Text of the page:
Article

Encoding and representation of simultaneous and sequential arrays in visuospatial working memory.

Colorado State University, Fort Collins, CO, USA.
Quarterly journal of experimental psychology (2006) (Impact Factor: 1.73). 03/2010; 63(5):856-62. DOI: 10.1080/17470211003690680
Source: PubMed

ABSTRACT The effect of presentation type on organization in visuospatial working memory (VSWM) was examined. Stimuli were presented sequentially or simultaneously at study, and participants made same/different judgements at test. The test array varied in four different spatial configuration conditions: one featuring no changes from study, one in which two items switched, one in which the same array repeated but in a different location, and one in which a completely novel test stimulus appeared. Results indicated the use of a global configuration for both simultaneous and sequential presentations and showed increased impairment of item-level knowledge with sequential presentations. Overall, these results support the use of a global configuration organization as a fundamental aspect of VSWM processing.

0 Followers
 · 
118 Views
  • Source
    [Show abstract] [Hide abstract]
    ABSTRACT: This study examines how normal aging affects the occurrence of different types of incorrect responses in a visual short-term memory (VSTM) object-recall task. Seventeen young (Mean = 23.3 years, SD = 3.76), and 17 normally aging older (Mean = 66.5 years, SD = 6.30) adults participated. Memory stimuli comprised two or four real world objects (the memory load) presented sequentially, each for 650 ms, at random locations on a computer screen. After a 1000 ms retention interval, a test display was presented, comprising an empty box at one of the previously presented two or four memory stimulus locations. Participants were asked to report the name of the object presented at the cued location. Errors rates wherein participants reported the names of objects that had been presented in the memory display but not at the cued location (non-target errors) vs. objects that had not been presented at all in the memory display (non-memory errors) were compared. Significant effects of aging, memory load and target recency on error type and absolute error rates were found. Non-target error rate was higher than non-memory error rate in both age groups, indicating that VSTM may have been more often than not populated with partial traces of previously presented items. At high memory load, non-memory error rate was higher in young participants (compared to older participants) when the memory target had been presented at the earliest temporal position. However, non-target error rates exhibited a reversed trend, i.e., greater error rates were found in older participants when the memory target had been presented at the two most recent temporal positions. Data are interpreted in terms of proactive interference (earlier examined non-target items interfering with more recent items), false memories (non-memory items which have a categorical relationship to presented items, interfering with memory targets), slot and flexible resource models, and spatial coding deficits.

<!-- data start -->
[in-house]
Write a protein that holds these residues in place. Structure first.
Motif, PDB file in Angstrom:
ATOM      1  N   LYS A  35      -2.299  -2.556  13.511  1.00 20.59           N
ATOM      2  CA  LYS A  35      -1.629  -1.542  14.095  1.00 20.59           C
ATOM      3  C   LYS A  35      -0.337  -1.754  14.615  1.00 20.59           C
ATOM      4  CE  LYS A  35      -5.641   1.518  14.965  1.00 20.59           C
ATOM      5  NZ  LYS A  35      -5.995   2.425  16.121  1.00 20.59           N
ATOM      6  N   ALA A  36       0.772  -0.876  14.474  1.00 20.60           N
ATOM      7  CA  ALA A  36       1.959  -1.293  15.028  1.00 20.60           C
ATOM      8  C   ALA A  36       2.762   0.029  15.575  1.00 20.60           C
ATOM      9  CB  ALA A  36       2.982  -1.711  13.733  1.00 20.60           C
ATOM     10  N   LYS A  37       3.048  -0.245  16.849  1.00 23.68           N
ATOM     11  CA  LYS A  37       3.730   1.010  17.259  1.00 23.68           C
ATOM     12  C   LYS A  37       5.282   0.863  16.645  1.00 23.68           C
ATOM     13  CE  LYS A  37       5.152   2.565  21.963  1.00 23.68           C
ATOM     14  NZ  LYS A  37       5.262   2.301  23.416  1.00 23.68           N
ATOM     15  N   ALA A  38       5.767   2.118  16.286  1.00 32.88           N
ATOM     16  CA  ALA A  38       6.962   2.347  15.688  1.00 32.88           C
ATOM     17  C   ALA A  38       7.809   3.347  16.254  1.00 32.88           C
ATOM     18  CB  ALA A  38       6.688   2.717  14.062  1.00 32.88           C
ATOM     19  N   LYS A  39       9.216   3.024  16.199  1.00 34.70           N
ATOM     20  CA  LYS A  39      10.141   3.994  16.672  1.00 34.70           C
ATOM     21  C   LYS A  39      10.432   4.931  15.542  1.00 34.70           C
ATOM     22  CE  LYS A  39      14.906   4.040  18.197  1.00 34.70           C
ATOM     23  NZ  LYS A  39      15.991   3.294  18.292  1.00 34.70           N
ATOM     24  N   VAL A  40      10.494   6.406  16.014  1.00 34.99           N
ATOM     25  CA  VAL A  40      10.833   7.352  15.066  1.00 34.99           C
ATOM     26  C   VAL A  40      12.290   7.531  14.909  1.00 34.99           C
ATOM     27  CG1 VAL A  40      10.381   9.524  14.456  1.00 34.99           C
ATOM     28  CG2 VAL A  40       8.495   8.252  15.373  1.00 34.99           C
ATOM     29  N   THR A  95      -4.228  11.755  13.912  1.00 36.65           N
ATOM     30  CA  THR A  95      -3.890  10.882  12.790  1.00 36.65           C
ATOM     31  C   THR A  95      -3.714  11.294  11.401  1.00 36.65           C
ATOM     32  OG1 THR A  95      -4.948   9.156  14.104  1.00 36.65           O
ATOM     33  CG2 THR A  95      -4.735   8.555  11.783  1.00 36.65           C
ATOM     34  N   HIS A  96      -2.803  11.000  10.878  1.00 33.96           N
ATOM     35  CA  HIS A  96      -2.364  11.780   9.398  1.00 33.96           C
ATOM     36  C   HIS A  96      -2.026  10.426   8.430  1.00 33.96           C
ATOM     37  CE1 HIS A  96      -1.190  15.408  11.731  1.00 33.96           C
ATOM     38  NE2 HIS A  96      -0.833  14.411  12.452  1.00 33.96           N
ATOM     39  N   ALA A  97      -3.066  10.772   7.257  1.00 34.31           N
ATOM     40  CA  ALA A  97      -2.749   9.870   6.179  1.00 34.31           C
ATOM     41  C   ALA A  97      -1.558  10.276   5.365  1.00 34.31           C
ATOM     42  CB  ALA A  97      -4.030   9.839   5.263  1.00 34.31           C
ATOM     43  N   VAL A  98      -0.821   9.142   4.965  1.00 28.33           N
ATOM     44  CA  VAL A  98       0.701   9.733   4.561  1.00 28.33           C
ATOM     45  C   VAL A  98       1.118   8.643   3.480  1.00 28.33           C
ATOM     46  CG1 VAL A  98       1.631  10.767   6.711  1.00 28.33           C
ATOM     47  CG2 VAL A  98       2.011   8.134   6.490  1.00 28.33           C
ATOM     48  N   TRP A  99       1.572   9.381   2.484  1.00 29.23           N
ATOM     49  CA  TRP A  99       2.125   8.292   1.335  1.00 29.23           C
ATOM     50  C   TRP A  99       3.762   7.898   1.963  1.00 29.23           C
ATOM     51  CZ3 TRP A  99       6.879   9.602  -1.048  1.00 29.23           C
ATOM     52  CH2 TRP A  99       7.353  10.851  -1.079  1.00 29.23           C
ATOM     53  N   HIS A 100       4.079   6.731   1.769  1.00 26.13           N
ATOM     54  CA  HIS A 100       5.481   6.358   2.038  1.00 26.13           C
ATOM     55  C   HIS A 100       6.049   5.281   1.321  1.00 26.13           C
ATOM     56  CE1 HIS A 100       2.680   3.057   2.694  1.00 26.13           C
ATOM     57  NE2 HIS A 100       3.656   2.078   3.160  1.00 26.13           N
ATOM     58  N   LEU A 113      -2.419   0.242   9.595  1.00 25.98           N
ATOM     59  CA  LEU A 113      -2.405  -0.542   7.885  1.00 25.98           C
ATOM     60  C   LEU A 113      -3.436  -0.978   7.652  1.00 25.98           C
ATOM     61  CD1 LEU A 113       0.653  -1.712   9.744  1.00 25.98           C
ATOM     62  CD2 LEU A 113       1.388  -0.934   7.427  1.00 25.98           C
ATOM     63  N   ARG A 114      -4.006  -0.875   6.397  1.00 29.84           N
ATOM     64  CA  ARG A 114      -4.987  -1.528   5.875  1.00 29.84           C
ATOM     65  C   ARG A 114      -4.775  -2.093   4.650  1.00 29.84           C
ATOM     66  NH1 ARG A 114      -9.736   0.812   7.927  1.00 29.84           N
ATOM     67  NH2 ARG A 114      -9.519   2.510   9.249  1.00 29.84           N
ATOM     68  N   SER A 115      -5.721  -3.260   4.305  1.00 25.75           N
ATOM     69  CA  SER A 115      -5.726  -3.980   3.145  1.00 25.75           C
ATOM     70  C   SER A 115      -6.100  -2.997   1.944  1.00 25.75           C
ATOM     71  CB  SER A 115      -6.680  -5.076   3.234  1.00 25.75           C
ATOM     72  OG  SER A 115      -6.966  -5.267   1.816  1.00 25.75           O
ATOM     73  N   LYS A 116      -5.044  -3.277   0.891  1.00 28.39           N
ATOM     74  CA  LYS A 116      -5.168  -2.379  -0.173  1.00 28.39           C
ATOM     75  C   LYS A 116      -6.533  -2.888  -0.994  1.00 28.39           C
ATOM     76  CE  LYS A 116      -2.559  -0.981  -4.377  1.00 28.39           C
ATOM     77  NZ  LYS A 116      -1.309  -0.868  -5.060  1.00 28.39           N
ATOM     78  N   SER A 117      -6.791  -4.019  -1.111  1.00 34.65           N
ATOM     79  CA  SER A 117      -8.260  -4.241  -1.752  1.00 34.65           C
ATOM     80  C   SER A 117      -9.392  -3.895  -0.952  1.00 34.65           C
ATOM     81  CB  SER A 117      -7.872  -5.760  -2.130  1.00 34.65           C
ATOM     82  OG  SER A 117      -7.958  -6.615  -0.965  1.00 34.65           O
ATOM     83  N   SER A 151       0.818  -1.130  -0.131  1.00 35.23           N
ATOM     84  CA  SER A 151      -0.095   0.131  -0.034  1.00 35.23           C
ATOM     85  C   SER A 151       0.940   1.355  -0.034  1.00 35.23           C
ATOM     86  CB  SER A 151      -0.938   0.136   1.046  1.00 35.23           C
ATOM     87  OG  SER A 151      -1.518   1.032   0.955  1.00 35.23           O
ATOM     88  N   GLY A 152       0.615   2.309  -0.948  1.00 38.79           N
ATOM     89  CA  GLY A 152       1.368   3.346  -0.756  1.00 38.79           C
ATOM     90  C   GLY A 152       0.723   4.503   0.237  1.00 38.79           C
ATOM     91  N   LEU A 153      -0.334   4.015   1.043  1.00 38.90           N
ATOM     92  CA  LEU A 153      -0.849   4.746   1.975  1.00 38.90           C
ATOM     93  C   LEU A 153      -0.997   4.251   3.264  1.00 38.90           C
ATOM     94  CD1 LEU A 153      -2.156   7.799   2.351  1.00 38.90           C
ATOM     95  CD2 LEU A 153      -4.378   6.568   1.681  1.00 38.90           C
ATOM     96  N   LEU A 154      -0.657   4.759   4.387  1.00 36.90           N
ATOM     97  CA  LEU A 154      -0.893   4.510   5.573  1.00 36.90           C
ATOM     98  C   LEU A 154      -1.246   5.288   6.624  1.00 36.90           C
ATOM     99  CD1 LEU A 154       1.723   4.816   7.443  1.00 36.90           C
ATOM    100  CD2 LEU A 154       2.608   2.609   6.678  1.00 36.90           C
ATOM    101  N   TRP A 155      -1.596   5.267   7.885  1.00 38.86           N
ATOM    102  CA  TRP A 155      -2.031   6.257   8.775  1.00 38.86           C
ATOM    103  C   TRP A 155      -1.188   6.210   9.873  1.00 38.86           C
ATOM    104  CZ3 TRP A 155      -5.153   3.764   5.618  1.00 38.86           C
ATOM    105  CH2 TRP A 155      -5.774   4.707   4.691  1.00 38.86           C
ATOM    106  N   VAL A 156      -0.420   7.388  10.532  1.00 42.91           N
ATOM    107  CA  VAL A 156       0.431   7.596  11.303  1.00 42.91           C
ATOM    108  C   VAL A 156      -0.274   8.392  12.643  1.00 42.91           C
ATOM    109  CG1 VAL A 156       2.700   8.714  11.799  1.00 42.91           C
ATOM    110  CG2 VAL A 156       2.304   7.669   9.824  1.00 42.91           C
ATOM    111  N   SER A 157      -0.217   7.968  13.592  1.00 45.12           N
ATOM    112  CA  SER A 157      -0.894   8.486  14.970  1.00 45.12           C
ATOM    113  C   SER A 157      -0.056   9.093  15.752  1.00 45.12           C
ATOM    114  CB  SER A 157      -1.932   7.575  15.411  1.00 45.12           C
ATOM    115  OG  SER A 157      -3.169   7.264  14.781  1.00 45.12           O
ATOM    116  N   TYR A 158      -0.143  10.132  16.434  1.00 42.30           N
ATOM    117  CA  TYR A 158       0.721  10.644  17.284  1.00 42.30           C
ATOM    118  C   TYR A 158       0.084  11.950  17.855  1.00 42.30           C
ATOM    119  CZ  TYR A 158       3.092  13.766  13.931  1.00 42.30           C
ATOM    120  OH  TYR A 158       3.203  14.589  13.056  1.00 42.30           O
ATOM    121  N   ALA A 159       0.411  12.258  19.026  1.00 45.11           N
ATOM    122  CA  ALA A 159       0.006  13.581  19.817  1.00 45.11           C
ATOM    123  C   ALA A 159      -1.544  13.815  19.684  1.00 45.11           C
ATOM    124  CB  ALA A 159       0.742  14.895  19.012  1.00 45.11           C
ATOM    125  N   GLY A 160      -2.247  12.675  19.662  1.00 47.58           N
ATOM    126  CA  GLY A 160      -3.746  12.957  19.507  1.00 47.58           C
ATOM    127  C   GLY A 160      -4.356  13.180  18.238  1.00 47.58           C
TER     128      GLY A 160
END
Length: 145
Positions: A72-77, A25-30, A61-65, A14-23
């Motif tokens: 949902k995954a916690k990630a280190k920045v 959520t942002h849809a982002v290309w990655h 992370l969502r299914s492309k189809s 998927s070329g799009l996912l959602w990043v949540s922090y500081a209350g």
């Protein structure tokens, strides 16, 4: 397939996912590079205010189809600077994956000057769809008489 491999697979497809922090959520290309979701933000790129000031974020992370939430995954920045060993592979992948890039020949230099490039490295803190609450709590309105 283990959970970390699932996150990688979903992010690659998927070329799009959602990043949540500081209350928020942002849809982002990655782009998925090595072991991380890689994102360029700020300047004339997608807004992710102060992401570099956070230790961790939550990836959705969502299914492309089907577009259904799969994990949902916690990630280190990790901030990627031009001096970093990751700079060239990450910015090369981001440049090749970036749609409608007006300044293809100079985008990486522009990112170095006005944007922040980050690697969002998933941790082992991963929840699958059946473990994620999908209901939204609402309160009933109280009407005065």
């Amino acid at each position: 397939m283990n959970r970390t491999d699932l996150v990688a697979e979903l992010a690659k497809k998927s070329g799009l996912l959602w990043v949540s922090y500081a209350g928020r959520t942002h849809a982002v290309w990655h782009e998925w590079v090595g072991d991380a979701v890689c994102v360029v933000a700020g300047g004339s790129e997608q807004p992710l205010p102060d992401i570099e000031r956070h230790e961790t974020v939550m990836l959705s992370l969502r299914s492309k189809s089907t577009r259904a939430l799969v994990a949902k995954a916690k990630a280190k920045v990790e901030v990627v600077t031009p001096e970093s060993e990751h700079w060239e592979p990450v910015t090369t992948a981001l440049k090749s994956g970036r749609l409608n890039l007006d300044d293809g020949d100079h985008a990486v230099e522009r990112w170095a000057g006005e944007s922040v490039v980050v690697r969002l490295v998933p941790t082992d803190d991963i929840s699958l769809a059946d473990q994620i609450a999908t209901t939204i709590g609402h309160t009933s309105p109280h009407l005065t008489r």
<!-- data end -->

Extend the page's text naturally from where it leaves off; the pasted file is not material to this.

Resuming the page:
Frontiers in Aging Neuroscience 01/2014; 6:346. DOI:10.3389/fnagi.2014.00346 · 2.84 Impact Factor
  • Source
    [Show abstract] [Hide abstract]